Kun Fayakun

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From wikishia

Kun fayakūn (Arabic: کُنْ فَیَکون) is a Qur'anic phrase repeatedly used in Qur'anic verses. The phrase literally means: "be, and (or then) it is". Following hadiths from Imams (a), Shiite exegetes of the Qur'an interpret the phrase as referring to the fact that God's generative will (al-irada al-takwiniyya) to create something amounts to the creation of that thing. Thus, it is not the case that God literally uses the word, "be", as an order to create beings. Shiite mystics believe that residents of the Heaven and mystics are endowed by God with the position of "be, and it is".

"Kun Fayakun" in Qur'anic Verses

The phrase, "kun fayakun", recurs in Qur'anic verses in different forms and with regard to different subject-matters. Its uses can be classified into three categories:

  • Regarding Jesus's Miraculous Birth: The same form of the phrase, "kun fayakun", is used in Qur'an 2:117, Qur'an 19:35, and Qur'an 3:47 with regard to the birth of Jesus (a), "When He decrees a matter, He only says to it, "Be," and it is". In Qur'an 3:59[1], another form of "kun fayakun" is used with regard to the birth of Jesus (a). All these verses are shared in a single content: God does not depend on anything for the creation of beings, including Jesus (a). Thus, it is not the case that it is easy for Him to create one being and difficult to create another. Instead, His command for something to exist is sufficient for the thing to exist. Thus, the extraordinary birth of Jesus (a) was not difficult for God.
  • Regarding the Ordinary Birth of Human Beings: In Qur'an 40:68,[2] the phrase, "kun fayakun" appears in the same form as it appeared in Qur'an 2:117,[3] Qur'an 19:35,[4] and Qur'an 3:47,[5] after a description of the ordinary process of the human creation.
  • Regarding the Resurrection: In Qur'an 6:73,[6] Qur'an 16:40,[7] and Qur'an 36:82,[8] which are concerned with the occurrence of the resurrection, the phrase, "kun fayakun", is used in different forms. These verses suggest that God is able to create the resurrection and does not depend on anything to do this, as there is nothing that can prevent Him from doing this. The resurrection comes to exist as soon as He commands that it exist.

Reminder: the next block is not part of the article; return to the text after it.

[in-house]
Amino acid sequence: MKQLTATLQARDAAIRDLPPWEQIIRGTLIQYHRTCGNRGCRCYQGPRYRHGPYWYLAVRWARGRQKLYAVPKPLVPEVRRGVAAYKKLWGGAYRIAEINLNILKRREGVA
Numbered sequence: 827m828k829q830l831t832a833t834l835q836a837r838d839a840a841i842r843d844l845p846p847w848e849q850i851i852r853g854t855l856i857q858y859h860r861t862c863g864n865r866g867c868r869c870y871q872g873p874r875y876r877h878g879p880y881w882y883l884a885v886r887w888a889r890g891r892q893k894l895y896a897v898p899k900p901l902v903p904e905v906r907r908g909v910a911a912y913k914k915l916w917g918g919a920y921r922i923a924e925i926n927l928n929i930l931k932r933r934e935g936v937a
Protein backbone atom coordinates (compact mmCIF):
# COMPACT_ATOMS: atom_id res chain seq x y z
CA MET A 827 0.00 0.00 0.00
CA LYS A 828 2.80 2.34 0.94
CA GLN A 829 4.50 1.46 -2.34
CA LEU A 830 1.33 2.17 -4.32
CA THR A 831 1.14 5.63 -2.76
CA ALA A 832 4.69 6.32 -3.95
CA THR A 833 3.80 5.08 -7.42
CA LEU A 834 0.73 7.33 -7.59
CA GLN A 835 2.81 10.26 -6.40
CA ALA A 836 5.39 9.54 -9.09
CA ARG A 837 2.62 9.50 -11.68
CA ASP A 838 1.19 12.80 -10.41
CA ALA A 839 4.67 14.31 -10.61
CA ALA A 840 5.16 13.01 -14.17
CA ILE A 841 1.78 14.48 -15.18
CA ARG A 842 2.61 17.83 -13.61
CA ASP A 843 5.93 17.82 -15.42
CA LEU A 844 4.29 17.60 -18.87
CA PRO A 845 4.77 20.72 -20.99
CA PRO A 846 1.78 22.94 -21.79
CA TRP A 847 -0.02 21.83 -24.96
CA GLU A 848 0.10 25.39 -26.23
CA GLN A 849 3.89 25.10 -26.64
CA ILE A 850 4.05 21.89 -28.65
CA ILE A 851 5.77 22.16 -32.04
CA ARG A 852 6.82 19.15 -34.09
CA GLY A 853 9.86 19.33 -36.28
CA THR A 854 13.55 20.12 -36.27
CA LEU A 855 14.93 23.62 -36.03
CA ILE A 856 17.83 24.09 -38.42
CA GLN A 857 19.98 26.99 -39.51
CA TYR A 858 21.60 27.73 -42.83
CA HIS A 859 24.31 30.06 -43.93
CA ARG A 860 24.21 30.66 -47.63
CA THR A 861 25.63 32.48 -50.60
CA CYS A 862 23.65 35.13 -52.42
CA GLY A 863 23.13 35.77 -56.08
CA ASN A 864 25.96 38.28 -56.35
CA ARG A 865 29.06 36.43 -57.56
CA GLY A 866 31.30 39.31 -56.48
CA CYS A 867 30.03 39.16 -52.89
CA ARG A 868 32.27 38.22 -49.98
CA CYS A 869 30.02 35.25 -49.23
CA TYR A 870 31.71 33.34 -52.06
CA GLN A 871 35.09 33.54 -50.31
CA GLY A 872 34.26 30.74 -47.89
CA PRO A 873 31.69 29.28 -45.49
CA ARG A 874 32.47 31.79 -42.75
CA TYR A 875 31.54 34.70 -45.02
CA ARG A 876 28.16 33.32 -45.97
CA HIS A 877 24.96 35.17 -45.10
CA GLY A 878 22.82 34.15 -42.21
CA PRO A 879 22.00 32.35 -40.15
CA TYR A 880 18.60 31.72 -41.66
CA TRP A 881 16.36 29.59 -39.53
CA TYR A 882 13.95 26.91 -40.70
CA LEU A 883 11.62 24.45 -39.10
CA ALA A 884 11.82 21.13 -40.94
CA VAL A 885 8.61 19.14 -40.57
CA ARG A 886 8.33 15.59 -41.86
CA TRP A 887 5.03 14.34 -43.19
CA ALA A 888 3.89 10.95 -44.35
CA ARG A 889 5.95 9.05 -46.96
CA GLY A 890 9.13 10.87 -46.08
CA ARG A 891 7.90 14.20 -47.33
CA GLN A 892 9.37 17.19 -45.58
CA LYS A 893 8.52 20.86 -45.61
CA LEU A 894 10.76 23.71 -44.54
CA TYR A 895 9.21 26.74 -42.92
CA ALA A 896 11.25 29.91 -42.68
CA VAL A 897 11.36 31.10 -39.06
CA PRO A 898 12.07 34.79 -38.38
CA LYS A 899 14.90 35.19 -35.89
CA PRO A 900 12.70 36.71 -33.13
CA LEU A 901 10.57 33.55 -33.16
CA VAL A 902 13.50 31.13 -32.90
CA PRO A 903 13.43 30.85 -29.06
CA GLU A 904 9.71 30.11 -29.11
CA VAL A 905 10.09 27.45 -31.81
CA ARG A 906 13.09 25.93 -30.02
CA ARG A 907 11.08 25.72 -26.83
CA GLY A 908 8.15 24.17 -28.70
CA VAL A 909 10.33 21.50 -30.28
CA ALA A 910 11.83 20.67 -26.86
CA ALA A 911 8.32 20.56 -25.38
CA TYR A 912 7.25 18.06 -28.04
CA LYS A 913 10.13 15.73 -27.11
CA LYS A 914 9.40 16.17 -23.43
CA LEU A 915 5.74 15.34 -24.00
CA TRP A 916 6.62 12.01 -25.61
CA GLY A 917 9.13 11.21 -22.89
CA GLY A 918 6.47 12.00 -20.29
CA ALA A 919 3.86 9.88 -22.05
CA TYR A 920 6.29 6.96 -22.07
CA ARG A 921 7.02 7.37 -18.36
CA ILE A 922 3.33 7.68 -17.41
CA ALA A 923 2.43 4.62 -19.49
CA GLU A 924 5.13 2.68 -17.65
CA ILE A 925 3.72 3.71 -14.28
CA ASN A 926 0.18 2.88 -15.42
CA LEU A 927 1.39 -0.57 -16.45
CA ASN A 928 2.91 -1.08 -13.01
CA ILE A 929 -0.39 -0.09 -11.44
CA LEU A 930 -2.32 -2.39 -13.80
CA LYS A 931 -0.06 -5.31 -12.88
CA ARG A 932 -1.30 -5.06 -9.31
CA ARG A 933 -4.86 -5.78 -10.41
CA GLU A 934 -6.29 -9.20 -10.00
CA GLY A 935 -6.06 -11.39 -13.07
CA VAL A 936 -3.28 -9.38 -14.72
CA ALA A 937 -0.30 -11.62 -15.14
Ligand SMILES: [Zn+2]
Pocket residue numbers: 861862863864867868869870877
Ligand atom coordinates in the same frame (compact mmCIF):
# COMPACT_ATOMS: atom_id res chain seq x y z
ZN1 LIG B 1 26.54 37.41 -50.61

Meaning and Exegesis

Under verses containing the phrase, "kun fayakun", Shi'a exegetes of the Qur'an point to the following:

  • The language of these verses is analogical, that is, they do not imply that God literally uses the word, "kun" ("be" or its synonyms) to create things, since it would lead to regress and would be useless.[9] It leads to regress, because the creation of the verbal entity, "kun", would then require another verbal instantiation of "kun", and the second "kun" would also need another instance of "kun" and so on infinitely. And it is useless, because if a being can be addressed by "kun" in order for it to come to existence, then it should exist before its existence, and then it would not need to come into existence again.[10]
  • "Kun fayakun" implies that God does not need anything else in the creation of beings. His will is sufficient for their existence, just like the orders of a commander that are immediately implemented.
  • It does not matter for God whether the thing He creates is of the size of an atom or of the size of all skies and the Earth. Moreover, it is not the case that it is easy for God to create something and difficult for Him to create something else. Thus, it is not difficult for God to extraordinarily create Jesus (a) without a father, or to create Adam (a) without parents, because a thing comes to exist once God wills it too.
  • God's wills never fail Him; whatever He wills will come to exist just as He wills it.
  • Whatever God wills immediately comes to existence. Thus, with respect to God, there is nothing that gradually comes to existence. Things are considered as gradually coming to exist when they are compared with other things and causes. However, some people hold that whatever God wills will come to exist just as He wills them to. For example, if He wills the skies and the Earth to gradually come to existence with 6 periods, then they will come to existence in this way, and if He wills them to existence instantaneously, then they will come to existence instantaneously.